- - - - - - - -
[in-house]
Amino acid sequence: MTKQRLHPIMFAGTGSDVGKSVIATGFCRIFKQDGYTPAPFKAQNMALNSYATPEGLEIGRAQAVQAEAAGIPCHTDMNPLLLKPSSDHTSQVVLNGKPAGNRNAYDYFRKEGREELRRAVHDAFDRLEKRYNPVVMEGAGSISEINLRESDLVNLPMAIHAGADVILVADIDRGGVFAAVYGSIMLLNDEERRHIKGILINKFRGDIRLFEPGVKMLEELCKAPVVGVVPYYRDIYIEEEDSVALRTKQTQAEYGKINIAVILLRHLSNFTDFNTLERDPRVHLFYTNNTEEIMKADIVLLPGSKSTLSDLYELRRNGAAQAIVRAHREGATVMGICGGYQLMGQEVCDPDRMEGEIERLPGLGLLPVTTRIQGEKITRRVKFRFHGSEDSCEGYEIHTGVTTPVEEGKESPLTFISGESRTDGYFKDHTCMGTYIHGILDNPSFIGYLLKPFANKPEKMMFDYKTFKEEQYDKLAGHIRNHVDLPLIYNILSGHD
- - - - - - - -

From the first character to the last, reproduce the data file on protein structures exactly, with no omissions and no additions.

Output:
[in-house]
Amino acid sequence: MTKQRLHPIMFAGTGSDVGKSVIATGFCRIFKQDGYTPAPFKAQNMALNSYATPEGLEIGRAQAVQAEAAGIPCHTDMNPLLLKPSSDHTSQVVLNGKPAGNRNAYDYFRKEGREELRRAVHDAFDRLEKRYNPVVMEGAGSISEINLRESDLVNLPMAIHAGADVILVADIDRGGVFAAVYGSIMLLNDEERRHIKGILINKFRGDIRLFEPGVKMLEELCKAPVVGVVPYYRDIYIEEEDSVALRTKQTQAEYGKINIAVILLRHLSNFTDFNTLERDPRVHLFYTNNTEEIMKADIVLLPGSKSTLSDLYELRRNGAAQAIVRAHREGATVMGICGGYQLMGQEVCDPDRMEGEIERLPGLGLLPVTTRIQGEKITRRVKFRFHGSEDSCEGYEIHTGVTTPVEEGKESPLTFISGESRTDGYFKDHTCMGTYIHGILDNPSFIGYLLKPFANKPEKMMFDYKTFKEEQYDKLAGHIRNHVDLPLIYNILSGHD